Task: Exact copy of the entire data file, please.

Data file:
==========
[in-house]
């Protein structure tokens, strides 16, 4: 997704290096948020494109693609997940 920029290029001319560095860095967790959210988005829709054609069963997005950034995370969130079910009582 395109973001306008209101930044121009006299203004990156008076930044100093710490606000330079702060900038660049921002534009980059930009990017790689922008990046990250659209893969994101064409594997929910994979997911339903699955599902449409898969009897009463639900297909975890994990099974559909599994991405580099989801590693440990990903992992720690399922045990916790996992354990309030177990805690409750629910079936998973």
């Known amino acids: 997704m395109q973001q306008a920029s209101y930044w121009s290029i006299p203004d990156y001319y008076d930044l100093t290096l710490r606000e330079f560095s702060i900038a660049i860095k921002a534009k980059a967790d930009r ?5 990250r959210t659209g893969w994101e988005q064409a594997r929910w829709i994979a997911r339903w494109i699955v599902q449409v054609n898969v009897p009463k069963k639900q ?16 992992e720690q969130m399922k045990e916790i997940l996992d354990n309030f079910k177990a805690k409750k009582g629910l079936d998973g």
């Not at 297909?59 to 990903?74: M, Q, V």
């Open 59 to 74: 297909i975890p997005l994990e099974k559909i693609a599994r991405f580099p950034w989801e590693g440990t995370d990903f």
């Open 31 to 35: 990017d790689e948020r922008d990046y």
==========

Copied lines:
[in-house]
């Protein structure tokens, strides 16, 4: 997704290096948020494109693609997940 920029290029001319560095860095967790959210988005829709054609069963997005950034995370969130079910009582 395109973001306008209101930044121009006299203004990156008076930044100093710490606000330079702060900038660049921002534009980059930009990017790689922008990046990250659209893969994101064409594997929910994979997911339903699955599902449409898969009897009463639900297909975890994990099974559909599994991405580099989801590693440990990903992992720690399922045990916790996992354990309030177990805690409750629910079936998973």
């Known amino acids: 997704m395109q973001q306008a920029s209101y930044w121009s290029i006299p203004d990156y001319y008076d930044l100093t290096l710490r606000e330079f560095s702060i900038a660049i860095k921002a534009k980059a967790d930009r ?5 990250r959210t659209g893969w994101e988005q064409a594997r929910w829709i994979a997911r339903w494109i699955v599902q449409v054609n898969v009897p009463k069963k639900q ?16 992992e720690q969130m399922k045990e916790i997940l996992d354990n309030f079910k177990a805690k409750k009582g629910l079936d998973g």
């Not at 297909?59 to 990903?74: M, Q, V």
């Open 59 to 74: 297909i975890p997005l994990e099974k559909i693609a599994r991405f580099p950034w989801e590693g440990t995370d990903f």
């Open 31 to 35: 990017d790689e948020r922008d990046y």